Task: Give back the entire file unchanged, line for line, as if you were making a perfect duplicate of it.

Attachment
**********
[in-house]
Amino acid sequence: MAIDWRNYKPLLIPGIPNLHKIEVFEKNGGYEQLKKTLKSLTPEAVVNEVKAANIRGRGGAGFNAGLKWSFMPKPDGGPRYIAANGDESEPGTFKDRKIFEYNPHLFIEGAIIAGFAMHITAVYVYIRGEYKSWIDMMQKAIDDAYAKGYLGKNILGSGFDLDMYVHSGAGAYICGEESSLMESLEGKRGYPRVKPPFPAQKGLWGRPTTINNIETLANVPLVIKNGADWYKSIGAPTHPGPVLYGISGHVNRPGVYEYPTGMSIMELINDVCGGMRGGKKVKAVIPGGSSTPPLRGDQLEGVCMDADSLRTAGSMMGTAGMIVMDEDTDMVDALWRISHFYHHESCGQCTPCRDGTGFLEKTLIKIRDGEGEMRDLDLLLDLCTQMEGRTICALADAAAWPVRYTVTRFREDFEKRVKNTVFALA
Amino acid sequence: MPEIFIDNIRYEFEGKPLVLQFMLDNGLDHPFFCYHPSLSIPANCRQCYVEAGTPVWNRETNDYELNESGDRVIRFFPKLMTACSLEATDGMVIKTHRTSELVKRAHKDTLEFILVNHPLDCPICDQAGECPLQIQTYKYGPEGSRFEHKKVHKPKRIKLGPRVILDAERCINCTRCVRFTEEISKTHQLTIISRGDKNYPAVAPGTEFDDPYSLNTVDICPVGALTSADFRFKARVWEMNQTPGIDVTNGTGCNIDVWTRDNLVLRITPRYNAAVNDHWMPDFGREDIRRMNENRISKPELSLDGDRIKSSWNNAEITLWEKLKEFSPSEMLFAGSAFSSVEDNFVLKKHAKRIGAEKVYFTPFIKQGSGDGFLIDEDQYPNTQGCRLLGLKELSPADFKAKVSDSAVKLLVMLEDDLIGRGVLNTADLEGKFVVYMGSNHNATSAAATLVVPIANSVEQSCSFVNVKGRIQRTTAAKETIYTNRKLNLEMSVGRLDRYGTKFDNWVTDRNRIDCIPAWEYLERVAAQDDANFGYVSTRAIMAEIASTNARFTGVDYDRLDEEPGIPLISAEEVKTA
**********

[in-house]
Amino acid sequence: MAIDWRNYKPLLIPGIPNLHKIEVFEKNGGYEQLKKTLKSLTPEAVVNEVKAANIRGRGGAGFNAGLKWSFMPKPDGGPRYIAANGDESEPGTFKDRKIFEYNPHLFIEGAIIAGFAMHITAVYVYIRGEYKSWIDMMQKAIDDAYAKGYLGKNILGSGFDLDMYVHSGAGAYICGEESSLMESLEGKRGYPRVKPPFPAQKGLWGRPTTINNIETLANVPLVIKNGADWYKSIGAPTHPGPVLYGISGHVNRPGVYEYPTGMSIMELINDVCGGMRGGKKVKAVIPGGSSTPPLRGDQLEGVCMDADSLRTAGSMMGTAGMIVMDEDTDMVDALWRISHFYHHESCGQCTPCRDGTGFLEKTLIKIRDGEGEMRDLDLLLDLCTQMEGRTICALADAAAWPVRYTVTRFREDFEKRVKNTVFALA
Amino acid sequence: MPEIFIDNIRYEFEGKPLVLQFMLDNGLDHPFFCYHPSLSIPANCRQCYVEAGTPVWNRETNDYELNESGDRVIRFFPKLMTACSLEATDGMVIKTHRTSELVKRAHKDTLEFILVNHPLDCPICDQAGECPLQIQTYKYGPEGSRFEHKKVHKPKRIKLGPRVILDAERCINCTRCVRFTEEISKTHQLTIISRGDKNYPAVAPGTEFDDPYSLNTVDICPVGALTSADFRFKARVWEMNQTPGIDVTNGTGCNIDVWTRDNLVLRITPRYNAAVNDHWMPDFGREDIRRMNENRISKPELSLDGDRIKSSWNNAEITLWEKLKEFSPSEMLFAGSAFSSVEDNFVLKKHAKRIGAEKVYFTPFIKQGSGDGFLIDEDQYPNTQGCRLLGLKELSPADFKAKVSDSAVKLLVMLEDDLIGRGVLNTADLEGKFVVYMGSNHNATSAAATLVVPIANSVEQSCSFVNVKGRIQRTTAAKETIYTNRKLNLEMSVGRLDRYGTKFDNWVTDRNRIDCIPAWEYLERVAAQDDANFGYVSTRAIMAEIASTNARFTGVDYDRLDEEPGIPLISAEEVKTA